Consequently, Bitcoin's ultimate success as money hinges almost entirely upon the technical impossibility of any more nimble blockchain ever achieving Bitcoin's level of quality and security, or else upon the quasi-religious conviction of Bitcoiners that good money drives out not only the bad, but also the "good enough" version that any successful blockchain is likely to offer.
In a last ditch defense of Bitcoin maximalism, Oleg finally argues that markets abandoning Bitcoin for something else like Ethereum would be "eternal proof that [blockchain] consensus [mechanisms are] not safe long-term and can be sabotaged infinite number of times to satisfy politics du jour", rendering them all useless. Essentially, he argues that if Bitcoin can't be the main universal blockchain forever and always by insulating itself from social whims, then the loss of confidence in blockchain consensus algorithms in general will be such that none other could supersede it.
This fixation with making Bitocoin immune from social whims and preferences is troubling. Contrary to common wisdom, blockchains are not secured by hashing but rather by economics. Without a market for mined coins, mining doesn't happen in sufficient quantity to secure the network. Over any reasonable time frame, the security of the Bitcoin network is therefore a direct function of the market value of the coins mined. This recognition that blockchains are ultimately secured by the economic value of their tokens and not by hashing is one reason why a well-conceived and implemented Proof of Stake algorithm stands at least a fighting chance of superseding more resource-intensive Proof of Work methodologies.
Regardless, the key insight is that markets don't exist separate and apart from humans. Markets are complexly socially-determined, and therefore subject to all the extremes of human emotions (bubbles and crashes, for example.)
Consequently, Oleg's contention that that the one true blockchain will be the most immune from social influences, or else that all blockchains will be proven worthless for failing to sufficiently resist them, contains an inherent logical contradiction: Only a blockchain immune from market influence, and therefore lacking sufficient market value, can be mostly free of social influences. By definition, any such blockchain will be highly insecure.
It is unlikely therefore that the universal public blockchain will be the most removed and insulated from societal influences. Rather, it will thrive upon social factors, becoming a creature of it. Such a blockchain will be "secure enough" to resist censorship by empowered minorities (even nation states) while also proving adaptable to the whims of the worldwide economic majority. The latter (social adaptability and usefulness) gives the blockchain token economic value while the former (censorship resistance) serves to preserve said value indefinitely, preventing those in power from co-opting or skimming it.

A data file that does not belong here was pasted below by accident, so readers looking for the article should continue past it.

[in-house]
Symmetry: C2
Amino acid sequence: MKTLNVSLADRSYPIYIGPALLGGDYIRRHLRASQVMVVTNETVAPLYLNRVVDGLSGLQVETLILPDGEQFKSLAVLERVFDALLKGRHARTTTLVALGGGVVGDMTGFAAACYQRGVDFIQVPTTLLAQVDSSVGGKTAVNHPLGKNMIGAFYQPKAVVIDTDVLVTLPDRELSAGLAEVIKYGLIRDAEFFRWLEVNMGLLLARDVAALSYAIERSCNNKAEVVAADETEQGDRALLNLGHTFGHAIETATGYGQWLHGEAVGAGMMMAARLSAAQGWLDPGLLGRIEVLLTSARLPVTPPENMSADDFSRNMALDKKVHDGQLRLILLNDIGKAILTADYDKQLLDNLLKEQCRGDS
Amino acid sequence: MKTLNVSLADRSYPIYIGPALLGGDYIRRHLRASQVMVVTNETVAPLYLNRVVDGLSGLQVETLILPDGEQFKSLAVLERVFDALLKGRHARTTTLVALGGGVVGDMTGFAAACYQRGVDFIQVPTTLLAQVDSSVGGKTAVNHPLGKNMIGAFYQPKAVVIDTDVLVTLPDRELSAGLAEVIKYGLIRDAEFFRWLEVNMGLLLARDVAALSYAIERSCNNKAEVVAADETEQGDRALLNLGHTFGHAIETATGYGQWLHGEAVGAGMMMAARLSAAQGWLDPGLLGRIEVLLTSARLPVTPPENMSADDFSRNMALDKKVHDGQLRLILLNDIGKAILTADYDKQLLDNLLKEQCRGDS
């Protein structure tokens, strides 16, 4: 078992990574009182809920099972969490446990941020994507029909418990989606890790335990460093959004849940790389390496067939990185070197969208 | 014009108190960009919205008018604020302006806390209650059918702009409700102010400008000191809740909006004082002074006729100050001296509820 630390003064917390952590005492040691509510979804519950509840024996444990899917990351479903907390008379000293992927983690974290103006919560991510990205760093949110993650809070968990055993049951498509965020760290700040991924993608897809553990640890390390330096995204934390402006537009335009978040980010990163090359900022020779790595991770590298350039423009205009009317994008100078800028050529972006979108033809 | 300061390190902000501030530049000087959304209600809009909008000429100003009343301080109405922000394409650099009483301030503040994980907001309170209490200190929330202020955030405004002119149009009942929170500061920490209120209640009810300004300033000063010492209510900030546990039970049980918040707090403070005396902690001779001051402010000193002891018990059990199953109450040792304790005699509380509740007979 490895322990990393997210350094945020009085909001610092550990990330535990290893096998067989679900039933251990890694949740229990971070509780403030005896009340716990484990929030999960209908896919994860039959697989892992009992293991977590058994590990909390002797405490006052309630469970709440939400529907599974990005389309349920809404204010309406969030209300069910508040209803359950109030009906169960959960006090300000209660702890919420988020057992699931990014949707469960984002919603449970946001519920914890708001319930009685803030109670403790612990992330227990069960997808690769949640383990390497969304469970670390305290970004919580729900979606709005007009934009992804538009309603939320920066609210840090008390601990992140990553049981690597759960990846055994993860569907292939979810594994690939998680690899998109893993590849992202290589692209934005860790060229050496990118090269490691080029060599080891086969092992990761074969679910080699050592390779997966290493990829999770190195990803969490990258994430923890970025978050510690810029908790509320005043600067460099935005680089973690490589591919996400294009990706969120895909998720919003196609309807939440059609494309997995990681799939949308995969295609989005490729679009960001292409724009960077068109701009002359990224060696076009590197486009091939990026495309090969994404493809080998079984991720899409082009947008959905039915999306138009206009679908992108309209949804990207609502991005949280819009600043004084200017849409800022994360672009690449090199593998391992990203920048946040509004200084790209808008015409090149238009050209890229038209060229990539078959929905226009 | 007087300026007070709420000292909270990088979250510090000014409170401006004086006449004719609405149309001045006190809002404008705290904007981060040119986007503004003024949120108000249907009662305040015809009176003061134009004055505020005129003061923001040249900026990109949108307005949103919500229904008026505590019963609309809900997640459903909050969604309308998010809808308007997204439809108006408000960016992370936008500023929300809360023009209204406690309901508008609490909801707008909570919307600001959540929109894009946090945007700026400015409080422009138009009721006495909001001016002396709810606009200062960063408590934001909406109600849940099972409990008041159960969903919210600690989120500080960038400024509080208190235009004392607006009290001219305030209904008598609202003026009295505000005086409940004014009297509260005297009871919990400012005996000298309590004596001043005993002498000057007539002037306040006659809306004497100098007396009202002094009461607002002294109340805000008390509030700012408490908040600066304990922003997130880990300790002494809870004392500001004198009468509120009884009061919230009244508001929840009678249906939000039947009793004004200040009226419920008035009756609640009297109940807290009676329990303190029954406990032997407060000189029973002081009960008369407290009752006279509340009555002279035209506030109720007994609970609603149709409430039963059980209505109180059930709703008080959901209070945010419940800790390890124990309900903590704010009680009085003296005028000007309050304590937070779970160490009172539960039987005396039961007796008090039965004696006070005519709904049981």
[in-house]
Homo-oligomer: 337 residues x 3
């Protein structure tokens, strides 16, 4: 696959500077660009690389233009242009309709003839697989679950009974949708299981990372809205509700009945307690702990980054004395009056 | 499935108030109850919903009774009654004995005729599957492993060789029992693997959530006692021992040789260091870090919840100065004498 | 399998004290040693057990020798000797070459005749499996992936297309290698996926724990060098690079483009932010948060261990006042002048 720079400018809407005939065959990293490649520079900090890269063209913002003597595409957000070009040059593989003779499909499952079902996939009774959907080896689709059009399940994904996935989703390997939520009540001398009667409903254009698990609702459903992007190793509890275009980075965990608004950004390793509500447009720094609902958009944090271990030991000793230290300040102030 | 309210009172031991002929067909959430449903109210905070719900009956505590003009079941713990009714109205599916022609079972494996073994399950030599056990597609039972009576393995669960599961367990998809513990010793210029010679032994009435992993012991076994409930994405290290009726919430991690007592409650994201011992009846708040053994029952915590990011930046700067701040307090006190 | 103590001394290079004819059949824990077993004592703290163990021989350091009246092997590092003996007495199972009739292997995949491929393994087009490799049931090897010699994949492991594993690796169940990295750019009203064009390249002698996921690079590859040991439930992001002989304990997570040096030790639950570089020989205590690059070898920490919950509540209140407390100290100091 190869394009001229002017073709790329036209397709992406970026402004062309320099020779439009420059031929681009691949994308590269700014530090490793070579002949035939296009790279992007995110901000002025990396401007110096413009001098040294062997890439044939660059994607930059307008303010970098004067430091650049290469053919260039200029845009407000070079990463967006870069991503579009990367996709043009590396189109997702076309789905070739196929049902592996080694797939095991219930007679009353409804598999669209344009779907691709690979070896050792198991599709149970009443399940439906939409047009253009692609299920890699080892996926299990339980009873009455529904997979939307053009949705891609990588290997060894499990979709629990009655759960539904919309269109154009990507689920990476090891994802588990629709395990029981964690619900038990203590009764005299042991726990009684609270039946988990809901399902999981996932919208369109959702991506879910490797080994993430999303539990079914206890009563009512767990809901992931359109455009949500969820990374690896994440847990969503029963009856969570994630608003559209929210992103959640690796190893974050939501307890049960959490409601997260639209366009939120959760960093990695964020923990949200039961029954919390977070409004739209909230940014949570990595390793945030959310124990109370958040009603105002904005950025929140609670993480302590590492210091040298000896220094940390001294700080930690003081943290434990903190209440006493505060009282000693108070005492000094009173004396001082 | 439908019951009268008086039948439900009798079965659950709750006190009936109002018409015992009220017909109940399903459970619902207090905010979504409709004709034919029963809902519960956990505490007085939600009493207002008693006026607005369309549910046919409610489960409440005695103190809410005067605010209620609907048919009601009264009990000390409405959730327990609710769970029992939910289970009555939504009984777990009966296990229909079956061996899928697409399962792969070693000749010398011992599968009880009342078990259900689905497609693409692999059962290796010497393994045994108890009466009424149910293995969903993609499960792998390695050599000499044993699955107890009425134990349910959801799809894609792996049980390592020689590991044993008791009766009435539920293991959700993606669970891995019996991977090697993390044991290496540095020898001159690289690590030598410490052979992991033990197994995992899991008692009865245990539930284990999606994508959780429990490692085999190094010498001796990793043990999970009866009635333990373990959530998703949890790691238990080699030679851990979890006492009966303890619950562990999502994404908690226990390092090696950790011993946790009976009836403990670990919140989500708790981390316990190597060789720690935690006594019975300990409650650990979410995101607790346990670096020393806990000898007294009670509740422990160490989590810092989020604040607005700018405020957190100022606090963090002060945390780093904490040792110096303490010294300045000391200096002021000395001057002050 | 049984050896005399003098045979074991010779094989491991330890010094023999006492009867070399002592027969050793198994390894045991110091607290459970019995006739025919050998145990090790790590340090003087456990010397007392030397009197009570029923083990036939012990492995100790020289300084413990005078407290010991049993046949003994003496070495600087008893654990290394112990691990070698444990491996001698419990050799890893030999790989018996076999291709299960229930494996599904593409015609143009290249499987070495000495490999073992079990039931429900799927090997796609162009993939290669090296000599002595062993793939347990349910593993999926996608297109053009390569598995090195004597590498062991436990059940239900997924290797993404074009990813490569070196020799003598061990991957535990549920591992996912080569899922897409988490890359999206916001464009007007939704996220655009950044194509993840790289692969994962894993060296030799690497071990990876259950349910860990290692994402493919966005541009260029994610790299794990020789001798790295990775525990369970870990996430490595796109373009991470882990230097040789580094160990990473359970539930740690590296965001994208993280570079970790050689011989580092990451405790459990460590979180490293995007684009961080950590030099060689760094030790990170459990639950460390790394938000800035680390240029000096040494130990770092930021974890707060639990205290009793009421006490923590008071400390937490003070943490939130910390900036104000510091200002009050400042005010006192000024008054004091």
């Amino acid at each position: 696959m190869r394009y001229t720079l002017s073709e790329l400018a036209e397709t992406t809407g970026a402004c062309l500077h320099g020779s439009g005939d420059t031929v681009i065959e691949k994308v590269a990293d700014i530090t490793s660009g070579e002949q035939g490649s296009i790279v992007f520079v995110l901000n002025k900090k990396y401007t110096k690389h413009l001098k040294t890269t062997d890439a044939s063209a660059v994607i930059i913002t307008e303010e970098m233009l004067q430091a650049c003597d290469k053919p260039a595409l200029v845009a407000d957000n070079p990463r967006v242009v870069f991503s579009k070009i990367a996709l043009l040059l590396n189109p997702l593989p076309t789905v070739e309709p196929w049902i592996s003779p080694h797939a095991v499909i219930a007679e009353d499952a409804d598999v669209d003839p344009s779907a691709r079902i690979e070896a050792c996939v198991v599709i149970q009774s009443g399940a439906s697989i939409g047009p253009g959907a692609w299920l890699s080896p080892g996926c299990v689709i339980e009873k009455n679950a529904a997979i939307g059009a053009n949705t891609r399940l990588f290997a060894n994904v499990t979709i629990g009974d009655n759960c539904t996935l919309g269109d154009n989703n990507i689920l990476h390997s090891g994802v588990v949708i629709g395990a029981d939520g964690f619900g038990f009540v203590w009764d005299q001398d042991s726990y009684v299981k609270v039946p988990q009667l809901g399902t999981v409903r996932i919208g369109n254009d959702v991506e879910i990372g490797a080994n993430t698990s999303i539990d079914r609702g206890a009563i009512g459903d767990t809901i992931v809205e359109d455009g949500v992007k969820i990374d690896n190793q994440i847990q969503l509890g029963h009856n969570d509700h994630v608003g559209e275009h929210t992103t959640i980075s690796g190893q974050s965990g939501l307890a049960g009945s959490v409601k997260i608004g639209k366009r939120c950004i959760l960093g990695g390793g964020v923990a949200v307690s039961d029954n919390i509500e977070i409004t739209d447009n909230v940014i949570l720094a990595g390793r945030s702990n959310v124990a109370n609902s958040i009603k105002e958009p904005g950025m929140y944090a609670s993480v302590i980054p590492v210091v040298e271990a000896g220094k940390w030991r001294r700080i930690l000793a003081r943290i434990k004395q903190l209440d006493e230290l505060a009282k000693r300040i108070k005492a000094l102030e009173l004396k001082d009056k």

Oleg's idea that the markets must find the right balance between adaptability, low cost and security on the first attempt or not at all is unsupported by history or logic. As always, markets will proceed via trial-and-error, via "discovery", until the proper balance is achieved. As with any discovery process, there will likely be spectacular failures along the way, but these failures won't permanently tarnish the reputation and usability of blockchains anymore than early plane crashes permanently tarnished the reputation and usability of airplanes.
In the end, the question we should all be asking ourselves is simply this: Which implementation of blockchain technology is most likely to first strike the socially-useful balance between "good enough" security, high adaptability/usefulness and low cost? Will it be the most secure but least adaptable and more expensive implementation, or will it be a more adaptable but inexpensive and reasonably secure one that improves over time?
If the history of disruptive technology is any guide, the answer is obvious: The winning platform is almost certain to be the one that costs less and iterates the fastest. Anytime finding the right answer to question depends upon rolling dice (discovery), the person (or implementation) rolling the fastest usually wins. Free markets invariably outperform command-and-control ones simply because the former sees vastly more rolls of the dice in a given amount of time.
In conclusion, quality/security, adaptability/usefulness and low cost are competing objectives in the blockchain space. Because finding the right balance between them will almost certainly be a result of trial and error, of discovery, the winner of the blockchain battle isn't likely to gain scale as the most secure, expensive and intractable option, but rather as the cheapest and most adaptable while being "secure enough" initially for niche uses.
Then, like with all disruptive technologies, quality (security) will improve over time, resulting in even more use cases, more social acceptance, more economic value, and therefore more security. Eventually, it's security will rival Bitcoin's and then even that of fiat currencies, at which point it will have the social acceptance, economic might, and network effect advantages to serve as a funding currency for speculative attacks on fiat. If those attacks are sufficiently successful, it may well inherit Bitcoin's dream of becoming the new stateless currency.
Bitcoin's fate is not yet sealed. It still has huge network effect advantages that can be exploited. But, those advantages won't long persist if Bitcoin doesn't make itself more usable for non-monetary purposes, even at the cost of a little less security in the short-term.